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A Different Calling

Mark Elfers

Mark Elffers
Business Administration
Class of 2013

Graduation behind, adventures ahead. Now that he has completed his bachelor’s in business administration with a concentration in social enterprise at SPU, what’s next for alumnus Mark Elffers? Why, Oxford, of course!

Elffers now counts himself among the honored ranks of the alumni of the School of Business, Government, and Economics, having just completed his bachelor’s degree in business administration with a concentration in social enterprise. Did SBGE meet his expectations?

“My expectations were far exceeded. The most valuable part was the strategically small class sizes. They offered a platform where students can get to know and interact frequently with professors. I cannot overemphasize the value of the instruction I received from professors in the program.”

Elffers credits several professors with making a great impact. “I was able to take away so much from every teacher I was privileged to learn under,” he says. “I especially appreciate the entrepreneurial insights and mentorship from the late Don Summers, who taught my very first business class in Autumn 2009.”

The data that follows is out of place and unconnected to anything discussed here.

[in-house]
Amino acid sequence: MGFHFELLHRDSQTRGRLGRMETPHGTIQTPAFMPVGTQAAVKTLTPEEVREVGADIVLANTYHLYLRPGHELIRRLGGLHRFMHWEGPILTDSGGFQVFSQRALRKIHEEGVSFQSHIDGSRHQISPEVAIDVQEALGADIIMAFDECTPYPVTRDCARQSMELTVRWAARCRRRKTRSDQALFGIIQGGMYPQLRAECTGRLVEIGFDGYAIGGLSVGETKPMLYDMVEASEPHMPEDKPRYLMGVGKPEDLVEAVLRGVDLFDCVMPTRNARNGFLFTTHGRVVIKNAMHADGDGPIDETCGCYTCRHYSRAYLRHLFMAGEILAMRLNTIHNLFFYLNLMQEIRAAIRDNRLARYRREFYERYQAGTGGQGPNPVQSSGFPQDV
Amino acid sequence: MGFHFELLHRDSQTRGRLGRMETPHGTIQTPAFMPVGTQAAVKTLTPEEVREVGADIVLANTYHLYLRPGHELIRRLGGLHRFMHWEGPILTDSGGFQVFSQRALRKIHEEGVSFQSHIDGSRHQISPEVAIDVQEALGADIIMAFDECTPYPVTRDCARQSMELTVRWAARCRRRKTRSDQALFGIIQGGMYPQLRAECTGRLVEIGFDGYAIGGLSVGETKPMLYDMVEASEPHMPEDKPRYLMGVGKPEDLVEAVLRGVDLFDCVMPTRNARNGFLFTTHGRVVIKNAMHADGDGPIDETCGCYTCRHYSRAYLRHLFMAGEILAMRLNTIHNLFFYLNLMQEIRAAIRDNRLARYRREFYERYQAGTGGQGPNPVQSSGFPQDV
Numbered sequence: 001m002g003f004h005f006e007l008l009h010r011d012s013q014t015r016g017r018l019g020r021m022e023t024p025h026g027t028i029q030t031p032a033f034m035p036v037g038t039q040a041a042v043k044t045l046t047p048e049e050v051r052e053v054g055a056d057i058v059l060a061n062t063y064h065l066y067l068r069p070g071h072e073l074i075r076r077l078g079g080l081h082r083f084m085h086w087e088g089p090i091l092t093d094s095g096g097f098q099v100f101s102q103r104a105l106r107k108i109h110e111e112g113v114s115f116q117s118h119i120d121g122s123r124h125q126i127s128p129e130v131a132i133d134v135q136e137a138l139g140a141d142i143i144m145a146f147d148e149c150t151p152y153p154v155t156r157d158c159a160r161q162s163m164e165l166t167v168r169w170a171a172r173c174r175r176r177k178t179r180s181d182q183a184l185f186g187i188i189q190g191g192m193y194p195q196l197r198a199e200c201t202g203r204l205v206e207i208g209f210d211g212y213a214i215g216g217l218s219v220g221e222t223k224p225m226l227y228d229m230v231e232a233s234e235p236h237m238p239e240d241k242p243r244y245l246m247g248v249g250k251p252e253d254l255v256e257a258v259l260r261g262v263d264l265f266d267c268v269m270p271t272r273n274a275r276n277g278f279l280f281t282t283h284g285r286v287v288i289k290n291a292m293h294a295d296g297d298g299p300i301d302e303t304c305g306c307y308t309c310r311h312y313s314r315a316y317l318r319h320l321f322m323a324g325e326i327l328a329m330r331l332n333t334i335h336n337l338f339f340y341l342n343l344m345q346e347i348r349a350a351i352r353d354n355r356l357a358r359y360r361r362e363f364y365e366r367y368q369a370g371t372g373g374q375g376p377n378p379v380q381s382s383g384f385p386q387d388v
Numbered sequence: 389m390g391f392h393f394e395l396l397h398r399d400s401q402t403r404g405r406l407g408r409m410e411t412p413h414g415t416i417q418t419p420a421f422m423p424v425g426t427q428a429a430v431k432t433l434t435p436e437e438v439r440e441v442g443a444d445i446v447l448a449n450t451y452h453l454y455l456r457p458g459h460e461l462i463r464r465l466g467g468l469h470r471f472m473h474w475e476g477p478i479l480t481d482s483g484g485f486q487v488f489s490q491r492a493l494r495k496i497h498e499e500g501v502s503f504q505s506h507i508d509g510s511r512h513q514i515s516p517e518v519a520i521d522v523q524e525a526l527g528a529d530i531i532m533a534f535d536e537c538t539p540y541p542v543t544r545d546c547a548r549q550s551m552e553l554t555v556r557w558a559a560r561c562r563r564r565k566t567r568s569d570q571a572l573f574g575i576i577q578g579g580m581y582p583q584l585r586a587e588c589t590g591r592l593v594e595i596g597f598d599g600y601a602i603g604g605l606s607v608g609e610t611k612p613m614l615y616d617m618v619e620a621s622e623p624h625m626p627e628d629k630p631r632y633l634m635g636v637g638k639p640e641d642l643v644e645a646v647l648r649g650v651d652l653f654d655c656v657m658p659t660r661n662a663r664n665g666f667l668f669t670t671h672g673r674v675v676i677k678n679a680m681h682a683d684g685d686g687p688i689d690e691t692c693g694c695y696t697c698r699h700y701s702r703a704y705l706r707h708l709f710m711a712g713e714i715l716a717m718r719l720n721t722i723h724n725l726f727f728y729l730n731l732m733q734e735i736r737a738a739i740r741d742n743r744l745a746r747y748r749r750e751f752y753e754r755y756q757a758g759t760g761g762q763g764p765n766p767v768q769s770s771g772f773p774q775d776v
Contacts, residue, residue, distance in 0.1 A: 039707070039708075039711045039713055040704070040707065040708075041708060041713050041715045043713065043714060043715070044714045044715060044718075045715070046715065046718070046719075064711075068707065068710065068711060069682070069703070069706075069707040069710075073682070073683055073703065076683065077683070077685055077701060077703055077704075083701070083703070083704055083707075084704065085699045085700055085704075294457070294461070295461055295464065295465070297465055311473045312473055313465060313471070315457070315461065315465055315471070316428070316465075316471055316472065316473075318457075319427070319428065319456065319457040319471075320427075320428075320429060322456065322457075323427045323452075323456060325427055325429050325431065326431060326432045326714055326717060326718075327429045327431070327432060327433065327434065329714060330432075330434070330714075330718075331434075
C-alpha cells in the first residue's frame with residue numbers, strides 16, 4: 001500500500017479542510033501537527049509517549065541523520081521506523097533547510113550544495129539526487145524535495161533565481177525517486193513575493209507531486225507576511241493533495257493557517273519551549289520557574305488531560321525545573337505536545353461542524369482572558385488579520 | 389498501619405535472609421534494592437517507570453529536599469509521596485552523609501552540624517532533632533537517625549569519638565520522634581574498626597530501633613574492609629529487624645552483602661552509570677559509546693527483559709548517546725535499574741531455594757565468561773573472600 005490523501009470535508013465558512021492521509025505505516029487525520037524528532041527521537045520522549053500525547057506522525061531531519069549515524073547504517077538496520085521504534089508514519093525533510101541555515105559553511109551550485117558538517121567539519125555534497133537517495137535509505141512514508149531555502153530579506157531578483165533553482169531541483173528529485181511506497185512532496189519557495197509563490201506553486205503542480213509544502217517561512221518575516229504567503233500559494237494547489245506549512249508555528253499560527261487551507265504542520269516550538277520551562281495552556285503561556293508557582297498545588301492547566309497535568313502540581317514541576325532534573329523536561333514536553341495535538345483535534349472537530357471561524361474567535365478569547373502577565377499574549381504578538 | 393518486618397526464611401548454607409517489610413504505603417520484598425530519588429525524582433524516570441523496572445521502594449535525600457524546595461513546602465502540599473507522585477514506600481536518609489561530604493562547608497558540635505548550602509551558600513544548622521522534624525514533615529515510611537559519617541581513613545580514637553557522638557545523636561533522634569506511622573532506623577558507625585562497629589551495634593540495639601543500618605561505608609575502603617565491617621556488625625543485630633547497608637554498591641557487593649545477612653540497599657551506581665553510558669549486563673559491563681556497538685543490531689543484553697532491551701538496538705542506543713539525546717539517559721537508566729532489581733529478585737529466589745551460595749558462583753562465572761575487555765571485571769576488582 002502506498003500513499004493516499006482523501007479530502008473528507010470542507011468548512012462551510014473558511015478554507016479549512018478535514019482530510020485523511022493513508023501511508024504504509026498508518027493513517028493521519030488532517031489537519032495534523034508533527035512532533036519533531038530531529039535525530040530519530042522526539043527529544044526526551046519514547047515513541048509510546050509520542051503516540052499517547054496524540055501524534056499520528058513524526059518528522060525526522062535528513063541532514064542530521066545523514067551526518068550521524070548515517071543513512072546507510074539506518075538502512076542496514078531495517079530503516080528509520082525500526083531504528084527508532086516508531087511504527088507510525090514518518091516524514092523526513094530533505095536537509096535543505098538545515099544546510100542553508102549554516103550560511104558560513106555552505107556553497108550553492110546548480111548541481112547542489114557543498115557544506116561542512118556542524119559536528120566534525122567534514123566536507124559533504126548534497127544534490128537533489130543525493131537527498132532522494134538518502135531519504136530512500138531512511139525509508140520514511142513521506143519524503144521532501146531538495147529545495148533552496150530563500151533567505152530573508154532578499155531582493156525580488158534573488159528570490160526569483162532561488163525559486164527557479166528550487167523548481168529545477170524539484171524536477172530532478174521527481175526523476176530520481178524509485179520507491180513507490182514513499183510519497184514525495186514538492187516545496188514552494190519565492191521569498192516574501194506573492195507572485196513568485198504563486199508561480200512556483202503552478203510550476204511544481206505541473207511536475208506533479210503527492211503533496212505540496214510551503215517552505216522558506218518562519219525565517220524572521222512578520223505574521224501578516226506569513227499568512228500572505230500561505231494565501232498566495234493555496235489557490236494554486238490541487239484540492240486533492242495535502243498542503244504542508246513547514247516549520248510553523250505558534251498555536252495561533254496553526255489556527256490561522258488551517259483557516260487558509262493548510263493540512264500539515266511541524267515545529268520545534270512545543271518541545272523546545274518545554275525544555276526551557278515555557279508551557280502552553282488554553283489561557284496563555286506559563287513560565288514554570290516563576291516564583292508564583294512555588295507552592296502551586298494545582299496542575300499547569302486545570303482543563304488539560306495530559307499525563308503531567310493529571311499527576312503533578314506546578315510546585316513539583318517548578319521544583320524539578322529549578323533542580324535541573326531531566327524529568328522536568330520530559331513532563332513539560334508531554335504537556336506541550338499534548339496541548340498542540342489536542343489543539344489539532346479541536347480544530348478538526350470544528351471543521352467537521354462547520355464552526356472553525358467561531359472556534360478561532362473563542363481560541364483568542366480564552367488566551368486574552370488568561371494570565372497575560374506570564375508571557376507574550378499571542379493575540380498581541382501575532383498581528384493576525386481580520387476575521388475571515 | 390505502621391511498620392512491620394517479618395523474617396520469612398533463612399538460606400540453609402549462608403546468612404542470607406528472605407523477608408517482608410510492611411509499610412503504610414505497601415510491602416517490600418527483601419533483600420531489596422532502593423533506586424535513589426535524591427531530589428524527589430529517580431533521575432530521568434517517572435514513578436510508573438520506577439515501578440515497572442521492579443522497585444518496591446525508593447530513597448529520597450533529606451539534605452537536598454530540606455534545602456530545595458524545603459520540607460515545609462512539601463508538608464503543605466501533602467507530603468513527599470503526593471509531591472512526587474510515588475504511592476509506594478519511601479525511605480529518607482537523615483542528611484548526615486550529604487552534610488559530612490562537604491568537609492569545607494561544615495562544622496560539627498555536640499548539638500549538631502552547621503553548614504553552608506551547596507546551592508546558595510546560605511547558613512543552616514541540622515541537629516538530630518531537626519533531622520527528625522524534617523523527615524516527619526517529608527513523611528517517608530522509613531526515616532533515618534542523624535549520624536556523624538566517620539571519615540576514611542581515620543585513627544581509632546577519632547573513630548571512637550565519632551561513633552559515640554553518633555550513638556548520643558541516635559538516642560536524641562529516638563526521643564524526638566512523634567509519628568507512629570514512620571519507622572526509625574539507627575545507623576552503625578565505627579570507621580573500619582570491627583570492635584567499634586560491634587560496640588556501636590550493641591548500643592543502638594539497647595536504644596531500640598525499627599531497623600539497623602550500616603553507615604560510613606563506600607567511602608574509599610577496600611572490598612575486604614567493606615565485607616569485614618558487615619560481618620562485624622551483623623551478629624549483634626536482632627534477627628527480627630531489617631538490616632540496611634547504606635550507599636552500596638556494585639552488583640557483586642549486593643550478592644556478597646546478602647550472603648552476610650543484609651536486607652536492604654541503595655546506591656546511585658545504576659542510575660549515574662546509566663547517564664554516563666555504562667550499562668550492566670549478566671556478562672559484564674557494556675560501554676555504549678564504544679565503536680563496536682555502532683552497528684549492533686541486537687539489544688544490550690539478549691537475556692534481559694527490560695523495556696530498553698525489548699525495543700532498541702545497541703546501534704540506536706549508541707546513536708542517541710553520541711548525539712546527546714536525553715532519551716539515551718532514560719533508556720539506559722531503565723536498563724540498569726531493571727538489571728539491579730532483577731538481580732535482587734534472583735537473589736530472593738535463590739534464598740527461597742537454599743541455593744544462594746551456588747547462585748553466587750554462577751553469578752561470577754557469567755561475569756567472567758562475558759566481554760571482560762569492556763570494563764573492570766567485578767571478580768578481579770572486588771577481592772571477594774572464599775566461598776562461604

Dr. Summers’ enthusiasm for creating sustainable business to help people and societies was highly contagious, says Elffers. He also credits Kenman Wong, whose classes in business ethics and microfinance helped him discover new ways for business to serve others. He adds that Geri Mason’s innovative teaching often facilitated intense and beneficial discussions in her economics classes.

Now, while most graduates are turning their focus from classes to career, Elffers has heard a different calling for a new challenge. This fall he plans to enter Oxford University (yes, that Oxford!) as a graduate student pursuing a degree in Christian apologetics — presenting a rational basis for and defense of the Christian faith.

“I am open to applying the training in apologetics either directly, possibly as a Christian apologetics teacher, or indirectly as an employee at a business,” he says. “The program at SBGE did a phenomenal job of emphasizing how important it is for Christians to be involved in secular work, where engaging and changing mainstream culture really takes place. We don’t have to be a pastor or missionary to be serious about your Christian faith. It is just as important for committed Christians to immerse themselves in secular work and schools, to compete for influential business positions — where cultural transformation is largely dictated and determined.”

Elffers values the wisdom he received from faculty, students, and alumni of SBGE. And now that he himself is an SBGE alumnus, he encourages fellow believers to “always remember The Great Commission, where Jesus instructs his followers not to only congregate amongst themselves but also to go out into all the world, immerse and interact with people of different faiths and worldviews, and spread the good news of the gospel.”

Thank you, Mark. Oxford University awaits you!

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